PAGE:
Goodbye Without Leaving
Now that the tie-dyed generation is getting into designer bifocals and vibrating heat-massage lounge chairs, Laurie Colwin has come along to comfort us all with the novelized version of ’60s nostalgia. Except that Goodbye Without Leaving ends up being less a sentimental celebration of that old time rock & roll than an apologia for her heroine’s grudging but heartwarming return to the enduring values she’d so impulsively left behind. Sweet 16 has turned 30something and it’s good-bye rhythm & blues and hello dinner parties with hubby’s law partnerr, weekends in the Connecticut suburbs with the doting grandparents, self-imposed Hebrew lessons, and Montessori preschool fund-raisers.
The novel’s heroine, Geraldine Coleshares, you see, did more to antagonize her ”relentlessly assimilated” Jewish parents than simply bringing home Little Richard albums. ”Ethnic identity,” she tells us, ”was slightly vulgar in my mother’s eyes.” Her mother was a portrait painter whose idea of art was paintings of ”long-legged little girls wearing black or white stockings, hair ribbons and white pinafores.” If her mother wants to bluff being a WASP, Geraldine decides to raise the ante: She drops out of a University of Chicago Ph.D. program to hit the road for two and a half years as a backup singer with Vernon and Ruby Shakely and the Shakettes — an otherwise black group not unlike Ike and Tina Turner. ”The kind of ecstasy people found in religion I found in being a Shakette,” she reports. ”It was not an out-of-body experience, it was an in-body experience.”
Supposedly all this primal soul-searching takes place during the late ’60s — a period of some turmoil in American life, older readers may recall. As ”the white Shakette,” Geraldine, unfortunately, remains pure vanilla throughout. For all the impact it made upon her, she might as well have been touring with Pat Boone. Partly the girl’s far too self-absorbed to notice anything around her. ”I’m nothing,” she tells saxophonist Doo-Wah Banks in a futile attempt at seduction. ”I’m a lapsed Jew from an assimilated family. I don’t belong anywhere. I’m alone in the middle of the universe.” No wonder he turns her down. By the time her future husband catches the show at the Apollo Theater and pursues her up and down the East Coast, we’re expected to believe that Geraldine — despite smoking up bales of reefer in the back of the bus — hasn’t so much as kissed a man in years.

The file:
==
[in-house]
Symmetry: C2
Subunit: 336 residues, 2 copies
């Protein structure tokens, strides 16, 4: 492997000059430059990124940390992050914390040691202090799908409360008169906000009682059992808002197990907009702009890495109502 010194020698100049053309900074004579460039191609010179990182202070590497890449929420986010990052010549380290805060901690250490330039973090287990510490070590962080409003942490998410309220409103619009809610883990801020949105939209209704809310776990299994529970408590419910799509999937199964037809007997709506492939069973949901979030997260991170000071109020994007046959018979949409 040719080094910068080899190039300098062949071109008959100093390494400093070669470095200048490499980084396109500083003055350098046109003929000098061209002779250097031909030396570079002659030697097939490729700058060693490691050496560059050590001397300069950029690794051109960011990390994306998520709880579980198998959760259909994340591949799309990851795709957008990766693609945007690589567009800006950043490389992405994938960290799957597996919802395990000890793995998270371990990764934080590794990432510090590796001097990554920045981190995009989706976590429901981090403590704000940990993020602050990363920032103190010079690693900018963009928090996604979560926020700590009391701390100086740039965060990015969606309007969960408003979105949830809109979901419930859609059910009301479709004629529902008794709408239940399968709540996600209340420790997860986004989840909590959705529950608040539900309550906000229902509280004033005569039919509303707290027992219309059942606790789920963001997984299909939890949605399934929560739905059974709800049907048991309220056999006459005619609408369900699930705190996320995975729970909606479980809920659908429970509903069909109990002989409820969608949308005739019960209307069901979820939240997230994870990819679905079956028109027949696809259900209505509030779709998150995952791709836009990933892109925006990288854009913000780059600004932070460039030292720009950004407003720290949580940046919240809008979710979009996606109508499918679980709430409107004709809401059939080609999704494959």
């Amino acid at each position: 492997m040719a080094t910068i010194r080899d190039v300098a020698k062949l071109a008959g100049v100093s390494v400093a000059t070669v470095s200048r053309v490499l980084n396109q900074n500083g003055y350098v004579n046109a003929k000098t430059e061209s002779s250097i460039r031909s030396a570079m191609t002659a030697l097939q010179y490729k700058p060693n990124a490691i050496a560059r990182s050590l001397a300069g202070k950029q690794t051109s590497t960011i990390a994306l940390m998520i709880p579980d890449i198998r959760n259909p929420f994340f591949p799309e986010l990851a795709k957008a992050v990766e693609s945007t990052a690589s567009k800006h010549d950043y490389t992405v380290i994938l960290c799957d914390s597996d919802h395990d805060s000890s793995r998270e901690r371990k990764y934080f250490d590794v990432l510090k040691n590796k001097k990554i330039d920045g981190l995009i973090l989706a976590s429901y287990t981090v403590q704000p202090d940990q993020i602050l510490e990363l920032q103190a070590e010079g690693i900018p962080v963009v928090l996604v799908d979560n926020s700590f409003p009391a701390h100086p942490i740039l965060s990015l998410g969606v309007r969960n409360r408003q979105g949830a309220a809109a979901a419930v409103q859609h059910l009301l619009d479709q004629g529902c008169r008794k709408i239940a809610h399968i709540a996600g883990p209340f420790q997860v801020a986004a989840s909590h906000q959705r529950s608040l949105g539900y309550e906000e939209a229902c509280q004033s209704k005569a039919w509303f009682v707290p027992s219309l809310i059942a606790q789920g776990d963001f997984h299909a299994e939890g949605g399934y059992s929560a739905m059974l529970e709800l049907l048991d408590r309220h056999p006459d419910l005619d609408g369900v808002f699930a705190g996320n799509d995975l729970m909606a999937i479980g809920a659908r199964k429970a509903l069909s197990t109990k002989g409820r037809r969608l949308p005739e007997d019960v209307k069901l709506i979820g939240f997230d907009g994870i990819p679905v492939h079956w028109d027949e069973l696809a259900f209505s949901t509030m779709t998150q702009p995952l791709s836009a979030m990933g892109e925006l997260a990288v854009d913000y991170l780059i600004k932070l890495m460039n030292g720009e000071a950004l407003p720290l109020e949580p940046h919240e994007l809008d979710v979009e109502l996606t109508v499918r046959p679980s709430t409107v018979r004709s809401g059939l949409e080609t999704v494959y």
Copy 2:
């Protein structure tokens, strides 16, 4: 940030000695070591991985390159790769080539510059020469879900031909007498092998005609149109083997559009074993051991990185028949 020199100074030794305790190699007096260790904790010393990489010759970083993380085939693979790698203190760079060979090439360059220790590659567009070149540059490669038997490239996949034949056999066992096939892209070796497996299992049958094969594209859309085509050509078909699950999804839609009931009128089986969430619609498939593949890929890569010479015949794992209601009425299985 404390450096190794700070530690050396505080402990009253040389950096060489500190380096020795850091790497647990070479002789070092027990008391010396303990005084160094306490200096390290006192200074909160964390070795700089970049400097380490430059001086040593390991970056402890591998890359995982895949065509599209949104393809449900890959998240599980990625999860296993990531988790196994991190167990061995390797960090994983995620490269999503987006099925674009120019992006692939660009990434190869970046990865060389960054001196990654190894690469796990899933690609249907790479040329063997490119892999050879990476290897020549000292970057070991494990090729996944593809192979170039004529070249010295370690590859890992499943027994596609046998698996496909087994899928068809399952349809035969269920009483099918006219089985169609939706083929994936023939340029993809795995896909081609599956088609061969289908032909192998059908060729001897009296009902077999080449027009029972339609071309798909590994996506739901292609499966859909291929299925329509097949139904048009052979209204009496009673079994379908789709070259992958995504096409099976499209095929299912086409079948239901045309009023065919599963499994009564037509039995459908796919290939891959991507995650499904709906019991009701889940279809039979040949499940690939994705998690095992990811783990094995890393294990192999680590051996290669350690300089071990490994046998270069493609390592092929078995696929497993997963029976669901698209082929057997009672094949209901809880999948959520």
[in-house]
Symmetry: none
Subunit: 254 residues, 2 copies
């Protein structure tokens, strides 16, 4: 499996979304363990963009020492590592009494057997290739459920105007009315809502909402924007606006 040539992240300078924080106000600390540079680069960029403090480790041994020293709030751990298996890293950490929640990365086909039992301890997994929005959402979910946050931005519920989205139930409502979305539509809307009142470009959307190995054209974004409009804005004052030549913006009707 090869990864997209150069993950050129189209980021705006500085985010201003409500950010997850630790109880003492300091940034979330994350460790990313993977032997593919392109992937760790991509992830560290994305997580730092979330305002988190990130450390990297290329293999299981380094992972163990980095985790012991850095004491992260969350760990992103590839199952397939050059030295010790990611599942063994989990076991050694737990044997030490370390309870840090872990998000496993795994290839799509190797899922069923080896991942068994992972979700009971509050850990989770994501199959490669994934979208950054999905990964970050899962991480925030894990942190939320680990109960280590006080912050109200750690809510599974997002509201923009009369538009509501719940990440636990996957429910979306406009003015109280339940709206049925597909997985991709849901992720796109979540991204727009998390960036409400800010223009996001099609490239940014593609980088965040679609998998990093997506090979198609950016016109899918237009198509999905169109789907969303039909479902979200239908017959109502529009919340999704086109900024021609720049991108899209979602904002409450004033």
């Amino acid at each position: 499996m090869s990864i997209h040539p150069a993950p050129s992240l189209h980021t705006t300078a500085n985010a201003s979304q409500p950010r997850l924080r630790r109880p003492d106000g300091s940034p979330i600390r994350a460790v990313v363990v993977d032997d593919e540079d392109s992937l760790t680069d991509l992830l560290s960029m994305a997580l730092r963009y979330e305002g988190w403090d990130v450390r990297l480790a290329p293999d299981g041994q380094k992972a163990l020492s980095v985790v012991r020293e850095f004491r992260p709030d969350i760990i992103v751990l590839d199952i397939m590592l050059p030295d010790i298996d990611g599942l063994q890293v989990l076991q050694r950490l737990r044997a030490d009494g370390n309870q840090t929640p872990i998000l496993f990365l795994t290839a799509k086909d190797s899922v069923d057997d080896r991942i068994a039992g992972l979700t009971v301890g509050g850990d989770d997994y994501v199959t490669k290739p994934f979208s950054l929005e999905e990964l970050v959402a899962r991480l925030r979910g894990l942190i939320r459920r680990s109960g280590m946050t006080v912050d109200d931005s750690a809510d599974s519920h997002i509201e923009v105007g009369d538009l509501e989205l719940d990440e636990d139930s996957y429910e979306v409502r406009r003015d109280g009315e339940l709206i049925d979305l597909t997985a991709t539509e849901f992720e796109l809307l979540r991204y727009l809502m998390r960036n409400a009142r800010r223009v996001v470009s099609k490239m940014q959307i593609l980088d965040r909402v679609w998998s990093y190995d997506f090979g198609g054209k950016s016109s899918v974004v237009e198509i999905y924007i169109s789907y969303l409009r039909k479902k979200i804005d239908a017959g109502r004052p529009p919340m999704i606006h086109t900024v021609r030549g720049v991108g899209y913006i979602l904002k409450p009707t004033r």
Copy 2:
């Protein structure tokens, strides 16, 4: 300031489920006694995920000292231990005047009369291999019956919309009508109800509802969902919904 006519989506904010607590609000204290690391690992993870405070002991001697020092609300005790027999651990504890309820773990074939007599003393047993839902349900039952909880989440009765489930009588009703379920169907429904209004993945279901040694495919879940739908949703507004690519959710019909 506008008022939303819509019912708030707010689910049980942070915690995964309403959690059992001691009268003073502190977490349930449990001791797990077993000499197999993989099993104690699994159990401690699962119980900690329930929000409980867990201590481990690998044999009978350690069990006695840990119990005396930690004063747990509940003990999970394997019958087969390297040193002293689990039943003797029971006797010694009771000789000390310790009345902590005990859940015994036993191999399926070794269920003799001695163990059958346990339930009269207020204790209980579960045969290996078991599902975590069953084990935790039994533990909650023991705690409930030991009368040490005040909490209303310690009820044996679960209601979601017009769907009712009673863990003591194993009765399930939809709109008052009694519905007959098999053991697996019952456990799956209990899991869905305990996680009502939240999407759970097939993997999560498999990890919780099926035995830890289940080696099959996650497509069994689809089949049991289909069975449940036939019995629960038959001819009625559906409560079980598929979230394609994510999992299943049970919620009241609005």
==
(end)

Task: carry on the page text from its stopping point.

Establishment lawyer by day, stone rock & roller by night, this ”Boy Scout from Mars” turns out to be the perfect husband, adept at mediating between Geraldine and her mother. So before you know it, Geraldine’s pregnant, working at a clerical job in Harlem cataloguing female blues singers from the ’30s, and she and the Boy Scout are exchanging humorous banter like this: ”For a guy who likes rock & roll. . .you sure are funny about spades.”
”’I love spades,’ Johnny said. ‘I just don’t like my woman hanging around spade-infested areas in the late afternoon.”’
Not one sentence in this lightweight concoction will persuade readers that Laurie Colwin knows anything more about the world she purports to describe than the titles of a few old songs. Anyhow it’s all just a phase Geraldine went through on her way to becoming the kind of consumer mom who frets over her little boy’s test scores while he’s still in the womb. Though competently executed, Goodbye Without Leaving trivializes everything it touches: the music, the musicians, and even the heartwarming domestic traditionalism it means to endorse.
Goodbye Without Leaving